This diner was called the Yankee Doodle, a cheerful name that belied the cramped gloom of the place. The Yankee Doodle had jelly omelettes on the menu, and Flannery was feeling bold as she sat down. Sure, she could have a toasted bran, corn, or blueberry muffin—it hardly mattered which, they were essentially the same, and she could in anticipation taste the crisp buttered edge of each neat disk—but with the gold splendor still in her spirit from the leaves, she said to the prune-faced waitress who waited, wiry with impatience and sarcastic with accent,

    "A jelly omelette, please. And a glass of orange juice."

    The waitress nodded, scribbled on her pad, and retreated behind the narrow Formica counter, along which a few jacketed shapes huddled over hot drinks and doughnuts, or hash browns mixed with ketchup-bloodied eggs. To a stooped, white-shirted man whose balding head was all but lost to steam clouds of grease, the waitress instructed with unneeded volume,

    "Jelly omelette!"

    The phrase, ridiculous when spoken, especially so loudly in the bored voice of the waitress, had a single advantage. It caught the attention of a figure sitting at a table in a near corner, from whom Flannery might otherwise have hidden as she sank back into her familiar state of wrong-footed self-consciousness.

    Dressed in black, drinking coffee, smoking a cigarette. Absorbed in a book—until, that is, "Jelly omelette!" broke the concentration. In one of those gifted premonitions, Flannery noticed the reader an instant before "Jelly omelette!" was barked, so that she was directly facing the elegant autumn-shaded head and already wondering keenly what the book might be.

    The green eyes looked up in an irritated humor, to see who could possibly be the author of such an order.

    Flannery saw the reader's eyes, her cat green eyes, and stopped breathing. Never in her life—not at least since the leaves—had she seen such a heartbreaking color.

                 To that green glitter of mockery—Flannery's breakfast request was, from an adult, hardly credible—the hungry girl replied with a smile of embarrassment, an apologetic shrug of the shoulders. I can't help it, Flannery tried to suggest. I don't know what I'm doing. There was no smile in return. The reader's glance- flicker was so brief that Flannery's shoulders were still winced up in their shrug when those eyes turned back to their pages and the serious lips took a deep drag from a cigarette.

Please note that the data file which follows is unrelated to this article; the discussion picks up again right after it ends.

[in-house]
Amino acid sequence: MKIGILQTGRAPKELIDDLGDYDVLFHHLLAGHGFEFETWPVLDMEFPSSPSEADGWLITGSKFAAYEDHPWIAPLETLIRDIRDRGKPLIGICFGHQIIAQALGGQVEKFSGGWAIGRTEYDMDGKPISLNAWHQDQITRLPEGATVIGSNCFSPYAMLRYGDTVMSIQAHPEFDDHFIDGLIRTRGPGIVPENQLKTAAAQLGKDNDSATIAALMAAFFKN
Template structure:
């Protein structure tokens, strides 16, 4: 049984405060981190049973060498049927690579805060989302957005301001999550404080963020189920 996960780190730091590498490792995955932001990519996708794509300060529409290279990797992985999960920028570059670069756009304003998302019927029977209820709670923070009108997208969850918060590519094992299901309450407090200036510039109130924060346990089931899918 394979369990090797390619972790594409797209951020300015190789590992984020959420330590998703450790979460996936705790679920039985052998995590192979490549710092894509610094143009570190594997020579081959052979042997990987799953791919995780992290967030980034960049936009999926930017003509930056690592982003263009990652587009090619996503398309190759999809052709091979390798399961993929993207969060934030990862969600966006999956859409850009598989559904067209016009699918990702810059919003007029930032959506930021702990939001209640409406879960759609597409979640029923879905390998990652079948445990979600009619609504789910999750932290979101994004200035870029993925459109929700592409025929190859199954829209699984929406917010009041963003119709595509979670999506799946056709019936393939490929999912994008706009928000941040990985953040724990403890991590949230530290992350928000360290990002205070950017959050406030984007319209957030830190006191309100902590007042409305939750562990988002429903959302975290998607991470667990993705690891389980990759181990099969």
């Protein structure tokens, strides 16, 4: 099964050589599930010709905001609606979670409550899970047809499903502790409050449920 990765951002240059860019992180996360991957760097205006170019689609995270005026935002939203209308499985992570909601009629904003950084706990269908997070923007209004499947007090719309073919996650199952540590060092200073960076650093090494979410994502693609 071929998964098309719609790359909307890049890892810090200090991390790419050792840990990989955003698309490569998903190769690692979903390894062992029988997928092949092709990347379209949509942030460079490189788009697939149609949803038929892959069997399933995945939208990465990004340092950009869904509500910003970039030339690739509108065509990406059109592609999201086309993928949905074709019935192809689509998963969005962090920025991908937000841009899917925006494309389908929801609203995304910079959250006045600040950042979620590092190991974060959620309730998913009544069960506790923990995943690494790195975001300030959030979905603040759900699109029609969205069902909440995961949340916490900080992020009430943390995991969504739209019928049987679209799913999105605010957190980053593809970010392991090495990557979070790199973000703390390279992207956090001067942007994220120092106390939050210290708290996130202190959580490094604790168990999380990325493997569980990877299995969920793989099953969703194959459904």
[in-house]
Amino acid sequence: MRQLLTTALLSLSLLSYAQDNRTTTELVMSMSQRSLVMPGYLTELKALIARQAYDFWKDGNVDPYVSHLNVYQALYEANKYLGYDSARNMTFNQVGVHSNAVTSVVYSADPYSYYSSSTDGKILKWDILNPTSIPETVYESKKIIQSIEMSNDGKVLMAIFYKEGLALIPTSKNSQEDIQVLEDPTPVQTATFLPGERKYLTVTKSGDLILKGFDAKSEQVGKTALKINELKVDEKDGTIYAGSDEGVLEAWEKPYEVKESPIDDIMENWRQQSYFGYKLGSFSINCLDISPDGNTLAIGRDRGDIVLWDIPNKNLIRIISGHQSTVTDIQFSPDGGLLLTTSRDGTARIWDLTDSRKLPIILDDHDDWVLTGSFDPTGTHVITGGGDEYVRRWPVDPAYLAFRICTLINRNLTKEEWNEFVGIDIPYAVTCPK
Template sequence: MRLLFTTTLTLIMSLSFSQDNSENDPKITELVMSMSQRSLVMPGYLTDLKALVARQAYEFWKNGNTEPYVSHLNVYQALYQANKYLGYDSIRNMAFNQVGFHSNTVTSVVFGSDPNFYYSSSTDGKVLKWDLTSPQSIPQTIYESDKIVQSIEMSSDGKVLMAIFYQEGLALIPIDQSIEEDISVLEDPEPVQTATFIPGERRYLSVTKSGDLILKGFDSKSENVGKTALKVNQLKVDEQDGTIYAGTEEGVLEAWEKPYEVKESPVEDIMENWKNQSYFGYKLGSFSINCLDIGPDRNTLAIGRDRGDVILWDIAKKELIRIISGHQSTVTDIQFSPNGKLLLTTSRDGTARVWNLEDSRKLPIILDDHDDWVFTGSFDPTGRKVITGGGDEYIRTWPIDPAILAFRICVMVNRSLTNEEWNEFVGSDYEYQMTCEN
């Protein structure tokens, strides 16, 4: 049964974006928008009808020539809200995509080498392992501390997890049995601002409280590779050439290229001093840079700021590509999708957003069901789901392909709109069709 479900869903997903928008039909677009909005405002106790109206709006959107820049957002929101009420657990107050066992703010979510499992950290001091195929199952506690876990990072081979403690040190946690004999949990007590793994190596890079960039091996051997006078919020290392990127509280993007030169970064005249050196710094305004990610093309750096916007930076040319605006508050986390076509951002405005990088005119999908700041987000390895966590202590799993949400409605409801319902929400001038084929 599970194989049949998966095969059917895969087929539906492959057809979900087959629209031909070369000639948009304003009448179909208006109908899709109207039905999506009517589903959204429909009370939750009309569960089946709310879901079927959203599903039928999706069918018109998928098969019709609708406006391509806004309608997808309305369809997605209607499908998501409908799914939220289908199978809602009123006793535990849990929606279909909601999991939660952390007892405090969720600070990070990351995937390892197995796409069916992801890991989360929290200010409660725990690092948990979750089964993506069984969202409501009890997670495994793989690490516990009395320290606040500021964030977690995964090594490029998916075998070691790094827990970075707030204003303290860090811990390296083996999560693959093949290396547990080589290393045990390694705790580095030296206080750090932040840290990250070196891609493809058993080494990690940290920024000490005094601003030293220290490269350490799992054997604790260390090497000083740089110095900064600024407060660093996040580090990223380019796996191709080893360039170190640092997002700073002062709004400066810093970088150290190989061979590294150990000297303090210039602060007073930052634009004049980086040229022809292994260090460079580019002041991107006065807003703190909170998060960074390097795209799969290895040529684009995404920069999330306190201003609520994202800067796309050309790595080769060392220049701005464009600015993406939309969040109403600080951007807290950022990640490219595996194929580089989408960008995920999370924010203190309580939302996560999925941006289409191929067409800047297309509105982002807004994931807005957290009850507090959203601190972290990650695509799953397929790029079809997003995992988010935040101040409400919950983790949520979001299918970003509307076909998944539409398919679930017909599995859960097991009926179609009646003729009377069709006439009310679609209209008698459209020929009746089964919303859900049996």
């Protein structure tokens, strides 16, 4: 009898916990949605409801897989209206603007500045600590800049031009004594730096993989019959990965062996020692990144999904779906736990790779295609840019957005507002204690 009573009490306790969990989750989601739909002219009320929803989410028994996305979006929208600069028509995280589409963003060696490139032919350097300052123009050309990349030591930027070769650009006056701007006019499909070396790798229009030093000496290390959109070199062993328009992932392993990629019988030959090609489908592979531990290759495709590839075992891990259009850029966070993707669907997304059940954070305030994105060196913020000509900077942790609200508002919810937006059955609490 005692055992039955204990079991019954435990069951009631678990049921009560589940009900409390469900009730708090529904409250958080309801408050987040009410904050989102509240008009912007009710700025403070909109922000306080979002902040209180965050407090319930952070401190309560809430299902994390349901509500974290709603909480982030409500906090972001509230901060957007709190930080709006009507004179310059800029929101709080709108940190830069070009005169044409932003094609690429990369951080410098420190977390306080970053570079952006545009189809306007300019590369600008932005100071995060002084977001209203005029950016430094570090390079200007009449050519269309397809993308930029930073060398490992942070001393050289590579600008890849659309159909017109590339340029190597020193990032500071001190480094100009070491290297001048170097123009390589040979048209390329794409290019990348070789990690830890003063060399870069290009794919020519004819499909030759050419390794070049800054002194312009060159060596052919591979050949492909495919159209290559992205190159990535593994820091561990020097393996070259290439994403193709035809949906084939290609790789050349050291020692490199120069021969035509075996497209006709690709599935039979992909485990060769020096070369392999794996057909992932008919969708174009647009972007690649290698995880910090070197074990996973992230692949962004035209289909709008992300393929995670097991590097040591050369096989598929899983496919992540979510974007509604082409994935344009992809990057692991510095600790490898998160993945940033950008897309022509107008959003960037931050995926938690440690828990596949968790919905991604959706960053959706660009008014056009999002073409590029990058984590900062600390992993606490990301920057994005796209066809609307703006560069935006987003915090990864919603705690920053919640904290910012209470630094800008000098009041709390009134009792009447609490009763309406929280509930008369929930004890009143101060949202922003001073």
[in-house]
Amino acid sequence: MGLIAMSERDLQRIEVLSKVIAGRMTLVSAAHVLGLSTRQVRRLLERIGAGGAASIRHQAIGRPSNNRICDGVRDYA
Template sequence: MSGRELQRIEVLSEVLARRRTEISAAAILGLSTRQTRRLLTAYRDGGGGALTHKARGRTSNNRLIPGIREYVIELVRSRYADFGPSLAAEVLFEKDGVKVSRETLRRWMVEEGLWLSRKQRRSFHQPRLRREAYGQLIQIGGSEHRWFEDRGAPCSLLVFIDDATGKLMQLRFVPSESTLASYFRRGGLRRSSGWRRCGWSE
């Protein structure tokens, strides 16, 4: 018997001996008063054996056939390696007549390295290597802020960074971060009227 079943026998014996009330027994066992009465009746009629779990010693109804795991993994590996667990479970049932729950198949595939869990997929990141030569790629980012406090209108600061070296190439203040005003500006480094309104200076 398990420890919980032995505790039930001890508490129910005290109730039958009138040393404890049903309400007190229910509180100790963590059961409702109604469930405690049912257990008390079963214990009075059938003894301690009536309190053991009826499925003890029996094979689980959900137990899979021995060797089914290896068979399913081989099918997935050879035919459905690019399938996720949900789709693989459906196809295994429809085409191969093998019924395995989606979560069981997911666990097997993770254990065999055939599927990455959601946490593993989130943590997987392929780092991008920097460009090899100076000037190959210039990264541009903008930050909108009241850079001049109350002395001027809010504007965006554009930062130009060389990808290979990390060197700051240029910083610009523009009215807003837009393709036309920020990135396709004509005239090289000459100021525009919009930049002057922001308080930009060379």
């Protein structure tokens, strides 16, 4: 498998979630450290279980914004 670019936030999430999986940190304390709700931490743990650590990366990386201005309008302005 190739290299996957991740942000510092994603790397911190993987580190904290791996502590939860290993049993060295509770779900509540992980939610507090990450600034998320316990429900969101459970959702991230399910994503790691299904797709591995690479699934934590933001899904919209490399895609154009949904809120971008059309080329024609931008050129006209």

Oh. God. Those lips. It was the cigarette that made Flannery notice them, now that the reader's eyes were turned down toward her book. Flannery had nothing to do but watch that mouth smoking, and though she couldn't have said why it was so beautiful or described the thrill of its shape—she was too young to have anything like a vocabulary for such things—she could not stop herself from watching it, shaded a darkish persimmon that left its trace on the cigarette. But the ash was low, Flannery saw, and soon the fine, purposeful fingers were stubbing it out. Flannery looked away quickly, panicked, frightened of further emerald mockery if she was caught staring so unashamedly.

    The waitress brought her her orange juice, and Flannery took a great swallow as if it were a shot of vodka. It was fakely sweet and an unlikely color, more like a billboard or paint shade than any real fruit. Its strange flavor made her mouth pucker, and she was relieved that the waitress was soon back with a different taste to replace it: a lightly browned yellow omelette, thrown gracelessly onto a thick white oval plate.

    Flannery stared down at it a moment. What had she asked for? What was a jelly omelette, actually? With the side of her fork she tentatively cut into it, a clean slice off the edge. Out of the cut leaked a thick translucent purple, as if she'd hit some alien vein. The purple was, she realized, none other than grape jelly. The purple and yellow textures avoided each other uneasily on the plate. They were not meant for each other: being together did not suit them. Flannery put down her fork and sipped her juice, for courage.